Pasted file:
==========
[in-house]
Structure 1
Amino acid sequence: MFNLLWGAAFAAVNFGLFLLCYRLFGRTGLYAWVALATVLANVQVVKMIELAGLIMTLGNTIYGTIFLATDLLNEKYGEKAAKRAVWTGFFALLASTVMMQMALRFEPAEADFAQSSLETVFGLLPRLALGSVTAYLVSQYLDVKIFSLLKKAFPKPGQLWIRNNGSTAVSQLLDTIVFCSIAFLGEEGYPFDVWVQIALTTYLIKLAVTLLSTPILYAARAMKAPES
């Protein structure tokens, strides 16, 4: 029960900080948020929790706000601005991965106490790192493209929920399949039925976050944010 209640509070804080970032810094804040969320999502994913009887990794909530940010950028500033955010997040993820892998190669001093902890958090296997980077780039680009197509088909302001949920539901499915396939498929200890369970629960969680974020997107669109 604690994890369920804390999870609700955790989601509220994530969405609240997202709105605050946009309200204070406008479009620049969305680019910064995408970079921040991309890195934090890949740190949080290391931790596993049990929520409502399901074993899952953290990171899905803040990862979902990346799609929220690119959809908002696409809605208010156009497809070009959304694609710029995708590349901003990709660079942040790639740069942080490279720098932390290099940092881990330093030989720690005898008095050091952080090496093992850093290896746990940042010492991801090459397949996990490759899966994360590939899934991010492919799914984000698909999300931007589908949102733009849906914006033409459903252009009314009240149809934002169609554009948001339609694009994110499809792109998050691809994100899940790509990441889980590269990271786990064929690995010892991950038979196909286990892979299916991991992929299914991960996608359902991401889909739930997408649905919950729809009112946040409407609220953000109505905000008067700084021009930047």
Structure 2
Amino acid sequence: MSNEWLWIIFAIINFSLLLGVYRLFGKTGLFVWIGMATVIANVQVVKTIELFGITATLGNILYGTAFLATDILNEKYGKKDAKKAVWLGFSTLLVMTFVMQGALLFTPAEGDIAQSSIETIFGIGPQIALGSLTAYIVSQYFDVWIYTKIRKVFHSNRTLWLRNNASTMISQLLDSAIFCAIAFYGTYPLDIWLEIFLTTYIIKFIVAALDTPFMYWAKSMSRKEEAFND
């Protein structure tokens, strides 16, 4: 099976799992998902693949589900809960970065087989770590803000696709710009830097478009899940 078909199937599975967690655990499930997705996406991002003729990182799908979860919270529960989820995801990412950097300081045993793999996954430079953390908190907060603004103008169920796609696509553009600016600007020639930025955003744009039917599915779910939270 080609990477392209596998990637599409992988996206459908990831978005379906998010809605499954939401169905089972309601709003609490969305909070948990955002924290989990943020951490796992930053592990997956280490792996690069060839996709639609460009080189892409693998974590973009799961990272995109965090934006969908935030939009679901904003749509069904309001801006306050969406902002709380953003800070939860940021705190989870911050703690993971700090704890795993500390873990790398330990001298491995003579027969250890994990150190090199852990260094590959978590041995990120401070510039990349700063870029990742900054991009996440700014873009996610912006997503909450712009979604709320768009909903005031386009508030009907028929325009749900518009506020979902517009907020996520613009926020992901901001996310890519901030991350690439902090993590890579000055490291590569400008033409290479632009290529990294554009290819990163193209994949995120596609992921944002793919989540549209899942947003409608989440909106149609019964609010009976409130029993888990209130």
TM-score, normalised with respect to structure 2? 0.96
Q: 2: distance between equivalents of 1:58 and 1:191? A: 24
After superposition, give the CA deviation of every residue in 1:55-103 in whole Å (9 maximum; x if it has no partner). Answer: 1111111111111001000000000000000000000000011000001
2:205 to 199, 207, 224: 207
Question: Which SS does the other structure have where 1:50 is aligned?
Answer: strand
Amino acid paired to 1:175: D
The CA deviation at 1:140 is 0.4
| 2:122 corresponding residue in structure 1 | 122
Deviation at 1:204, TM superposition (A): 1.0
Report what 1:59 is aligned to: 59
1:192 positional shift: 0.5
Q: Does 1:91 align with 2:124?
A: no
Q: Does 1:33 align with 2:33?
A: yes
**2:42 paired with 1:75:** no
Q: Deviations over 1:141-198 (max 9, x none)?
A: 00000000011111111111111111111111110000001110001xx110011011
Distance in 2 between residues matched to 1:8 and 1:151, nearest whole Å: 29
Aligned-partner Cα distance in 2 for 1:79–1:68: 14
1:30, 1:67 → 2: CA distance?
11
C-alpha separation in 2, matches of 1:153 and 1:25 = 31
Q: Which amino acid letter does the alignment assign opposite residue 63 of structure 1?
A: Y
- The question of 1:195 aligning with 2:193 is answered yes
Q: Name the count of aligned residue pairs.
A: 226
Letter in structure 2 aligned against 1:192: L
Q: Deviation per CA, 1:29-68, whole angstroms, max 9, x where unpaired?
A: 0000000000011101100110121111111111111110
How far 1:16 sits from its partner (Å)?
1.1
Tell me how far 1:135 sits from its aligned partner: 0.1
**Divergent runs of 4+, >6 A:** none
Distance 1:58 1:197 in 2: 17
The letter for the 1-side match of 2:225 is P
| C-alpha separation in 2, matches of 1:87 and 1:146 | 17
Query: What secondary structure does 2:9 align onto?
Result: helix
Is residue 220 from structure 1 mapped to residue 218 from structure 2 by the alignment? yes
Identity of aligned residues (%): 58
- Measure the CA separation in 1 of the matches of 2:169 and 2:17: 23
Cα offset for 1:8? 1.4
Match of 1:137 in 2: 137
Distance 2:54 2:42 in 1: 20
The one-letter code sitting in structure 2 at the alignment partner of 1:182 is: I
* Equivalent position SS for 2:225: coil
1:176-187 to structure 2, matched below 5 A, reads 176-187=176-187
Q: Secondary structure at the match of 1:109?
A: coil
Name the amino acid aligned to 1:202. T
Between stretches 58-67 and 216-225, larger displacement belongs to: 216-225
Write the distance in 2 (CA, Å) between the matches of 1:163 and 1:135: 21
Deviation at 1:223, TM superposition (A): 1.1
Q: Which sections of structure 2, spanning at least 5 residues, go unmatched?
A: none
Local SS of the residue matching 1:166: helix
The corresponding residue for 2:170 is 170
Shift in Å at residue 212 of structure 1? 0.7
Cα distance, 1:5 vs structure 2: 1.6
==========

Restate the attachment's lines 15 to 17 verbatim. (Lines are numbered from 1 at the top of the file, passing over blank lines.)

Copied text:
The CA deviation at 1:140 is 0.4
| 2:122 corresponding residue in structure 1 | 122
Deviation at 1:204, TM superposition (A): 1.0